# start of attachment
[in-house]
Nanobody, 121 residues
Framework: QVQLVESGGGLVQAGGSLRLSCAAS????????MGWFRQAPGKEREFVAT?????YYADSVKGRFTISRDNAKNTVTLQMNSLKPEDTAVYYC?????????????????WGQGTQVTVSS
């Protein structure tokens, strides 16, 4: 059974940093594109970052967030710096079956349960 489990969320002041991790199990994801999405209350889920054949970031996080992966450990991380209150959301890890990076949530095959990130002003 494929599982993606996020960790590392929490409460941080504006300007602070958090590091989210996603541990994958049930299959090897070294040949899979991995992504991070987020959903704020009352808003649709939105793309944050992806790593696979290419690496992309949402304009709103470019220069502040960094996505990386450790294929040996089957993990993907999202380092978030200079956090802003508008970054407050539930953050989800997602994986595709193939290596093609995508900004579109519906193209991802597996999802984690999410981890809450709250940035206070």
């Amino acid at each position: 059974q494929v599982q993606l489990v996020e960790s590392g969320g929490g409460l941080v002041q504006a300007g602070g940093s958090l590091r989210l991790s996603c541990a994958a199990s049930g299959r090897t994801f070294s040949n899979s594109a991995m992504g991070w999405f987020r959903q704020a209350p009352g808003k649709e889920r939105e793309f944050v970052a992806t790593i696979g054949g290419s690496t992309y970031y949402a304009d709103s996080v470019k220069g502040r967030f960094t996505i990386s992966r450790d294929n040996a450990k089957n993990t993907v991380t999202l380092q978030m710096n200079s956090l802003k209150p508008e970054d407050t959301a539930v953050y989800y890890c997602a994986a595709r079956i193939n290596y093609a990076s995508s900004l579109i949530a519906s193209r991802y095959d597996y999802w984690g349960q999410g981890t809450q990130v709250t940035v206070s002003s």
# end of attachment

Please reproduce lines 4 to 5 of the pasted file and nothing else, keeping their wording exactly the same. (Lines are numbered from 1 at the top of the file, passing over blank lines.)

């Protein structure tokens, strides 16, 4: 059974940093594109970052967030710096079956349960 489990969320002041991790199990994801999405209350889920054949970031996080992966450990991380209150959301890890990076949530095959990130002003 494929599982993606996020960790590392929490409460941080504006300007602070958090590091989210996603541990994958049930299959090897070294040949899979991995992504991070987020959903704020009352808003649709939105793309944050992806790593696979290419690496992309949402304009709103470019220069502040960094996505990386450790294929040996089957993990993907999202380092978030200079956090802003508008970054407050539930953050989800997602994986595709193939290596093609995508900004579109519906193209991802597996999802984690999410981890809450709250940035206070």
């Amino acid at each position: 059974q494929v599982q993606l489990v996020e960790s590392g969320g929490g409460l941080v002041q504006a300007g602070g940093s958090l590091r989210l991790s996603c541990a994958a199990s049930g299959r090897t994801f070294s040949n899979s594109a991995m992504g991070w999405f987020r959903q704020a209350p009352g808003k649709e889920r939105e793309f944050v970052a992806t790593i696979g054949g290419s690496t992309y970031y949402a304009d709103s996080v470019k220069g502040r967030f960094t996505i990386s992966r450790d294929n040996a450990k089957n993990t993907v991380t999202l380092q978030m710096n200079s956090l802003k209150p508008e970054d407050t959301a539930v953050y989800y890890c997602a994986a595709r079956i193939n290596y093609a990076s995508s900004l579109i949530a519906s193209r991802y095959d597996y999802w984690g349960q999410g981890t809450q990130v709250t940035v206070s002003s």